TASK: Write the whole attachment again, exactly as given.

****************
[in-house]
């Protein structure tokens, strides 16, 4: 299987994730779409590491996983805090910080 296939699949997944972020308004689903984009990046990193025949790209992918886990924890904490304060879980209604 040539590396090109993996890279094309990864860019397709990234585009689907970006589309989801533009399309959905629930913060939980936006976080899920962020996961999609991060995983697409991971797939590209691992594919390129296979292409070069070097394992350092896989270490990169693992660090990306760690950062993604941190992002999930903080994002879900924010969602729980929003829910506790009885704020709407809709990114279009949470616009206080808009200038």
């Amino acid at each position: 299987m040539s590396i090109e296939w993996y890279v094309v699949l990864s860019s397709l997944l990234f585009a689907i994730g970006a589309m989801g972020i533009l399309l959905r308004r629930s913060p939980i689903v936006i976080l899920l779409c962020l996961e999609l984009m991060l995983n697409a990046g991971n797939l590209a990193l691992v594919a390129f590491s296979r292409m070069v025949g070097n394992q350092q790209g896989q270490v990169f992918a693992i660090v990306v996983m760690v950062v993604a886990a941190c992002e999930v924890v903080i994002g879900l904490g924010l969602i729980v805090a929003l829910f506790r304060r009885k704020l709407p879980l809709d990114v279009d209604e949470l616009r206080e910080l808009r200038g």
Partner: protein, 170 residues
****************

[in-house]
């Protein structure tokens, strides 16, 4: 299987994730779409590491996983805090910080 296939699949997944972020308004689903984009990046990193025949790209992918886990924890904490304060879980209604 040539590396090109993996890279094309990864860019397709990234585009689907970006589309989801533009399309959905629930913060939980936006976080899920962020996961999609991060995983697409991971797939590209691992594919390129296979292409070069070097394992350092896989270490990169693992660090990306760690950062993604941190992002999930903080994002879900924010969602729980929003829910506790009885704020709407809709990114279009949470616009206080808009200038």
């Amino acid at each position: 299987m040539s590396i090109e296939w993996y890279v094309v699949l990864s860019s397709l997944l990234f585009a689907i994730g970006a589309m989801g972020i533009l399309l959905r308004r629930s913060p939980i689903v936006i976080l899920l779409c962020l996961e999609l984009m991060l995983n697409a990046g991971n797939l590209a990193l691992v594919a390129f590491s296979r292409m070069v025949g070097n394992q350092q790209g896989q270490v990169f992918a693992i660090v990306v996983m760690v950062v993604a886990a941190c992002e999930v924890v903080i994002g879900l904490g924010l969602i729980v805090a929003l829910f506790r304060r009885k704020l709407p879980l809709d990114v279009d209604e949470l616009r206080e910080l808009r200038g």
Partner: protein, 170 residues